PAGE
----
Skip directly to content

World Pneumonia Day 2015: Pfizer Encourages Public to Learn the What, Why, Who and How of Pneumococcal Pneumonia

Pfizer Pakistan Ltd. November 12, 2015:  This year, November 12, 2015 – This World Pneumonia Day, Pfizer is partnering with the Global Coalition on Aging to raise awareness of pneumococcal pneumonia: what it is, why it is important, who is at risk and how to help prevent this disease. Pneumonia, which includes pneumococcal pneumonia, is a prominent cause of death throughout the world,  and while it is the largest single cause of death in children worldwide,  it’s not just children who are at risk: older adults also face increased risk of infection due to age-related decline of the immune system.

Pneumonia is a common form of pneumococcal disease, which refers to a group of illnesses caused by the bacteria Streptococcus pneumoniae,  and is the most common bacterial cause of community-acquired pneumonia (CAP).  Pneumococcal pneumonia is a serious infection, with symptoms including cough, fever, shaking chills and difficulty breathing.

“Pneumonia can be more than just a cough; it can have life-long effects on the individual,” said Dr. Farid Khan, Country Manager, Pfizer Pakistan. “Pfizer urges individuals to speak with their physicians to understand ways to minimize their risk and whether vaccination may be appropriate.”

While a person’s age can be a risk factor, particularly those age 65 and older and those age two and under , other conditions and factors can also increase their risk for pneumococcal disease. These can include having chronic lung or heart disease, diabetes, having a weak or suppressed immune system, being undernourished, or lifestyle choices such as smoking cigarettes or abusing alcohol.

Pakistan has one of the highest burdens of pneumococcal diseases in children and pneumonia is often referred to as the leading killer of children under the age of 5. According to a report released by the Global Coalition Against Child Pneumonia last year, 71,000 children die of pneumonia every year in Pakistan. This puts Pakistan as the third highest disease burden country after India and Nigeria. A large population is also at risk of community acquired pneumonia.
Vaccines are available for long term protection against this deadly disease and the recently issued Guidelines on Management of Infectious Diseases recommend active immunization in both adults and children in Pakistan. Many healthcare professionals recognize vaccination as a method to help protect against pneumococcal pneumonia – one of the more common types of pneumonia.

Pfizer Pakistan is committed towards raising awareness of pneumonia, promote prevention and treatment and generate action to fight the illness. It supports all efforts made to protect and treat people against this disease.

Pfizer Inc: Working together for a healthier world™

Pfizer has been working for the health and wellbeing of patients in Pakistan for more than 50 years. Our business in Pakistan is part of the global Pfizer Inc. operations, first founded in 1849 in New York, USA. At Pfizer, we apply science and our global resources to bring therapies to people that extend and significantly improve their lives. We strive to set the standard for quality, safety and value in the discovery, development and manufacture of health care products. Our global portfolio includes medicines and vaccines as well as many of the world's best-known consumer health care products. Every day, Pfizer colleagues work across developed and emerging markets to advance wellness, prevention, treatments and cures that challenge the most feared diseases of our time. Consistent with our responsibility as one of the world's premier innovative biopharmaceutical companies, we collaborate with health care providers, governments and local communities to support and expand access to reliable, affordable health care around the world. For more than 150 years, Pfizer has worked to make a difference for all who rely on us. To learn more about our operations in Pakistan, please visit us at www.pfizer.com.pk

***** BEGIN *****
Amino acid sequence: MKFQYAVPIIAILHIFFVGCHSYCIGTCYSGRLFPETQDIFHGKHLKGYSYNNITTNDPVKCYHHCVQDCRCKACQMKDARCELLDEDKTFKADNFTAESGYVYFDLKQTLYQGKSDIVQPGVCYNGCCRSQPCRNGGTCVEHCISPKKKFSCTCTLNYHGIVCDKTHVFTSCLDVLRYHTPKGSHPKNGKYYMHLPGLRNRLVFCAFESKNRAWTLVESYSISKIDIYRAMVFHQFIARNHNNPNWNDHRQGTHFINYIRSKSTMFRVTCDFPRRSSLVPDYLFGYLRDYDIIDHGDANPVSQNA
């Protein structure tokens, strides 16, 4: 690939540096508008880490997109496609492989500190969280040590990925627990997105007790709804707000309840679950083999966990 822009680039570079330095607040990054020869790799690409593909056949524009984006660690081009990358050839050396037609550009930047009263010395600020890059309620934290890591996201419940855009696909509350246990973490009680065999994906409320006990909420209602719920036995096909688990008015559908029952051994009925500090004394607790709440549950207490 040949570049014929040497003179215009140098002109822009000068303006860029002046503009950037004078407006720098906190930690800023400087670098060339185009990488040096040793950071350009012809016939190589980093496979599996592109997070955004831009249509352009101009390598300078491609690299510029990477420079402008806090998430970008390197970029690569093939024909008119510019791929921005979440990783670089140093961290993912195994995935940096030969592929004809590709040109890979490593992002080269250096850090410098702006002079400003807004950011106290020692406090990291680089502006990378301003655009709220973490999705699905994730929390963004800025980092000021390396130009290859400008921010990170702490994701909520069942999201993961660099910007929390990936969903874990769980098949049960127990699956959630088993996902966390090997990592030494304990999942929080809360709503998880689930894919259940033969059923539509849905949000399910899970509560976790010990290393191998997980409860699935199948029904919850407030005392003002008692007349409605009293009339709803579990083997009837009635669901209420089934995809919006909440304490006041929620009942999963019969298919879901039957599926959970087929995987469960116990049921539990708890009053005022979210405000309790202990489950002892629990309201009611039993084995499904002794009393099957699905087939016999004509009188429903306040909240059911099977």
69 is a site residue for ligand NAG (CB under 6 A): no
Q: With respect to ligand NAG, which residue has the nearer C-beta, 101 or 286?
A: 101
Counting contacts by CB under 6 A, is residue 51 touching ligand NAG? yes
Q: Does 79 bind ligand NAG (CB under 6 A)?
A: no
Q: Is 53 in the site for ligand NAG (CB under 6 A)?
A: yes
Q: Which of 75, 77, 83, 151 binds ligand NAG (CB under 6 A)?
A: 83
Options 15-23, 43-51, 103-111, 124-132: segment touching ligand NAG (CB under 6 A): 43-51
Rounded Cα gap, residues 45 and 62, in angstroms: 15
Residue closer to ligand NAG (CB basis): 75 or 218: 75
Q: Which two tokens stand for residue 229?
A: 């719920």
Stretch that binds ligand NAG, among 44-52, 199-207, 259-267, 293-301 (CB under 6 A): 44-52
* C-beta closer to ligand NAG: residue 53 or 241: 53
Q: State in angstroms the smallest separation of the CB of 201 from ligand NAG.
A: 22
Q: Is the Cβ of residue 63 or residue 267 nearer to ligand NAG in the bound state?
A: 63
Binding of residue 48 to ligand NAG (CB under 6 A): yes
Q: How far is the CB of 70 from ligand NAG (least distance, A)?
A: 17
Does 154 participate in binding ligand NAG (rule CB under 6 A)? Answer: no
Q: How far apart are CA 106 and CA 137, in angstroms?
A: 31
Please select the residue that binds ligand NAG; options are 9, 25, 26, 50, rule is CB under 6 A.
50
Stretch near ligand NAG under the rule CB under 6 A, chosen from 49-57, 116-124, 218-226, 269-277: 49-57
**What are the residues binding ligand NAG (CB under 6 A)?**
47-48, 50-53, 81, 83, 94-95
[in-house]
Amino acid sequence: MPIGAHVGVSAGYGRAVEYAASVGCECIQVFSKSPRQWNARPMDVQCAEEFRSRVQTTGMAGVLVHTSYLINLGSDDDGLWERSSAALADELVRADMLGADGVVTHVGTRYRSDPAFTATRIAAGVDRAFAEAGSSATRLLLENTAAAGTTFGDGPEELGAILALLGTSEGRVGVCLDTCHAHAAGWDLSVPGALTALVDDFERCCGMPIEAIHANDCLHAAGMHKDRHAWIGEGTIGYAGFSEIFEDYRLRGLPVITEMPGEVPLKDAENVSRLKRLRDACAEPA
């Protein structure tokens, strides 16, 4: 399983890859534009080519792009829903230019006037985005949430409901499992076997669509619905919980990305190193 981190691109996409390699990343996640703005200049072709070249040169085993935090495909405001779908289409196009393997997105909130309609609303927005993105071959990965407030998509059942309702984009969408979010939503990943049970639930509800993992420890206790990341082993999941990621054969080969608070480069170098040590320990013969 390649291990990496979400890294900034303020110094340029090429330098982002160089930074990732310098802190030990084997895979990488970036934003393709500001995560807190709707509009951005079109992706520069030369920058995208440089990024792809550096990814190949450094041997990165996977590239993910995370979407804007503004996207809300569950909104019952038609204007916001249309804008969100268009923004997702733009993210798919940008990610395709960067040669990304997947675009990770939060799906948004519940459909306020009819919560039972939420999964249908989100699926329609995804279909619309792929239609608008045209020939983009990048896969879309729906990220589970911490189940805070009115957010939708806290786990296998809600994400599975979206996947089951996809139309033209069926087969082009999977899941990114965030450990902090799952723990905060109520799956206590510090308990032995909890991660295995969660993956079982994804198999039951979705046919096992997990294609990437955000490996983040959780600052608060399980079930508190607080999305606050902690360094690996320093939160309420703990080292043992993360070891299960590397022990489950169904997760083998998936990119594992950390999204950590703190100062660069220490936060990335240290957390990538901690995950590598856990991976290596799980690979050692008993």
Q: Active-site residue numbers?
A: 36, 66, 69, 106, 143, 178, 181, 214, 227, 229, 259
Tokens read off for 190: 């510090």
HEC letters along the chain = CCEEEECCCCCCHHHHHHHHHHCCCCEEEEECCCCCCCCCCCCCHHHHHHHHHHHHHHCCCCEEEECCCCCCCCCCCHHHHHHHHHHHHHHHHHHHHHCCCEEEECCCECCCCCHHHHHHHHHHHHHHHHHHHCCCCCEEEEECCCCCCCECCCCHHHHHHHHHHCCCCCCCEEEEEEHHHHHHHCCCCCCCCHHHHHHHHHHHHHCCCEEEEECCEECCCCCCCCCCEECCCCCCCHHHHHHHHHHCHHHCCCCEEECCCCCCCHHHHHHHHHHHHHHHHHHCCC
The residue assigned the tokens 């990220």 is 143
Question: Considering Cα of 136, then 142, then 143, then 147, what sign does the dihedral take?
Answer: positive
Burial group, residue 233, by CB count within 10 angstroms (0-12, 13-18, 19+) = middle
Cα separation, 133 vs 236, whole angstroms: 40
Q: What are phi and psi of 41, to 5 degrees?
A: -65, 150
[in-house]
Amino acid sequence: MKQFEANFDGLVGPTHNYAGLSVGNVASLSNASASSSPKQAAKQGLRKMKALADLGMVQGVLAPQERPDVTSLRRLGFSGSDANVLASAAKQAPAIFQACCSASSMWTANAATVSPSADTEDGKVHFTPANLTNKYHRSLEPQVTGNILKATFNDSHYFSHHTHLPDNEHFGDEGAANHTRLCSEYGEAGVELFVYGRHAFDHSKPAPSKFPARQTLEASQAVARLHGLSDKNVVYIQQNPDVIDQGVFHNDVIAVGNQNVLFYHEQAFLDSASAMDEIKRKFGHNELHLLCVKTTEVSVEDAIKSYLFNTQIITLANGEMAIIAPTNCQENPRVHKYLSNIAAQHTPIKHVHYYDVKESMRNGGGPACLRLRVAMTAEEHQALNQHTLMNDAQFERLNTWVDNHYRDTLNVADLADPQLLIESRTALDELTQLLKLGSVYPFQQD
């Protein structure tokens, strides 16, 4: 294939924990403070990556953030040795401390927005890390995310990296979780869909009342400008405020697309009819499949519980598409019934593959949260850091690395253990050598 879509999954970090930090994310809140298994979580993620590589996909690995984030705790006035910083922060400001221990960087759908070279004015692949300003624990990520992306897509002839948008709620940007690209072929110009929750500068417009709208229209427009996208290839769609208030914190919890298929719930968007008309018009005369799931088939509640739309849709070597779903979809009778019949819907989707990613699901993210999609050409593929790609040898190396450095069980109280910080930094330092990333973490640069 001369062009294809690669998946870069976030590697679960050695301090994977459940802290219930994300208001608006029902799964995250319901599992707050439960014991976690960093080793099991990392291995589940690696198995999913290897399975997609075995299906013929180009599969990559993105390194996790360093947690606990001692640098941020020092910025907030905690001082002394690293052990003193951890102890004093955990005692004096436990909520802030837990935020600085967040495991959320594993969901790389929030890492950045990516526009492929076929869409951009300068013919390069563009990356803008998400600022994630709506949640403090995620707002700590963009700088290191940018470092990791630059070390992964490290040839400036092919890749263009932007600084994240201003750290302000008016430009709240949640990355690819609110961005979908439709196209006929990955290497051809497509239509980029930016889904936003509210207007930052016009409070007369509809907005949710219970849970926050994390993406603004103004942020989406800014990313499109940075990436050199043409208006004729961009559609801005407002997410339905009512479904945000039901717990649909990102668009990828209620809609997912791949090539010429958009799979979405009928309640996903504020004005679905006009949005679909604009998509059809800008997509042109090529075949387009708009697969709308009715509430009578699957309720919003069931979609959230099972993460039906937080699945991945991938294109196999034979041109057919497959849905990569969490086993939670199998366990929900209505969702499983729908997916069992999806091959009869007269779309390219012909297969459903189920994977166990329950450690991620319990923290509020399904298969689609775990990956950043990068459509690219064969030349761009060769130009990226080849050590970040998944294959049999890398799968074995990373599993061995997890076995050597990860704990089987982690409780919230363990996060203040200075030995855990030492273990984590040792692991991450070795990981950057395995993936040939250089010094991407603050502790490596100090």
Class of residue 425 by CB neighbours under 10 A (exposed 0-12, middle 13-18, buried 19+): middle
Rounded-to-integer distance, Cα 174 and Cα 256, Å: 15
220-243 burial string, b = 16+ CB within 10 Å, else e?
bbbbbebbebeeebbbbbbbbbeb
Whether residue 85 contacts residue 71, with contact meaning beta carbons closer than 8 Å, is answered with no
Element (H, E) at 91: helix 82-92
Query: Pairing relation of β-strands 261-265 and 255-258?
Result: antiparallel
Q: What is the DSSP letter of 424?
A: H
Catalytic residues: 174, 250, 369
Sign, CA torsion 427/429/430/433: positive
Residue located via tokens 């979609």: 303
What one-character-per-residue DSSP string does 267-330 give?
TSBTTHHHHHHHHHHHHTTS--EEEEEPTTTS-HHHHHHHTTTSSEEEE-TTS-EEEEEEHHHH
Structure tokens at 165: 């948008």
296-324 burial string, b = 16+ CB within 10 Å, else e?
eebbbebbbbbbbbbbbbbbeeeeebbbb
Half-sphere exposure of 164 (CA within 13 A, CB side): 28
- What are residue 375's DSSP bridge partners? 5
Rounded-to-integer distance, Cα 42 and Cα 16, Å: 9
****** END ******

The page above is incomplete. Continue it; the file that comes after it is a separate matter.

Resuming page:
1. World Health Organization (WHO). Media centre: The top 10 causes of death. Fact sheet N°310.Updated May 2014. Available at: http://who.int/mediacentre/factsheets/fs310/en/. Accessed August 27, 2015.
  2. World Health Organization.Maternal, newborn, child and adolescent health.Available at http://www.who.int/maternal_child_adolescent/news_events/news/2011/pneumonia/en/. Accessed August 31, 2015
  3.  Weinberger B, Herndler-Brandstetter D, Schwanninger A, et al. Biology of immune responses to vaccines in elderly persons. Clin Infect Dis. 2008;46:1078.
  4. Centers for Disease Control and Prevention (CDC).Pneumococcal disease.CDC Pink Book. 2011;16:233-248.
  5. Centers for Disease Control and Prevention. Pneumonia can be prevented - vaccines can help. http://www.cdc.gov/features/pneumonia/. Accessed January 23, 2013.
  6. Centers for Disease Control and Prevention.Pneumococcal disease.Symptoms & complications. Available at: http://www.cdc.gov/pneumococcal/about/symptoms-complications.html .Accessed July 24, 2014.
  7. National Center for Immunization and Respiratory Diseases, Division of Bacterial Diseases, Centers for Disease Control and Prevention. Pneumococcal disease.Risk factors and transmission. Page last reviewed: June 6, 2013. Page last updated: June 6, 2013. Available at: http://www.cdc.gov/pneumococcal/about/risk-transmission.html. Accessed September 25, 2014.
  8. National Heart, Lung, and Blood Institute. Who Is at Risk for Pneumonia? Available at: http://www.nhlbi.nih.gov/health/health-topics/topics/pnu/atrisk. Updated March 1, 2011.Accessed August 10, 2015.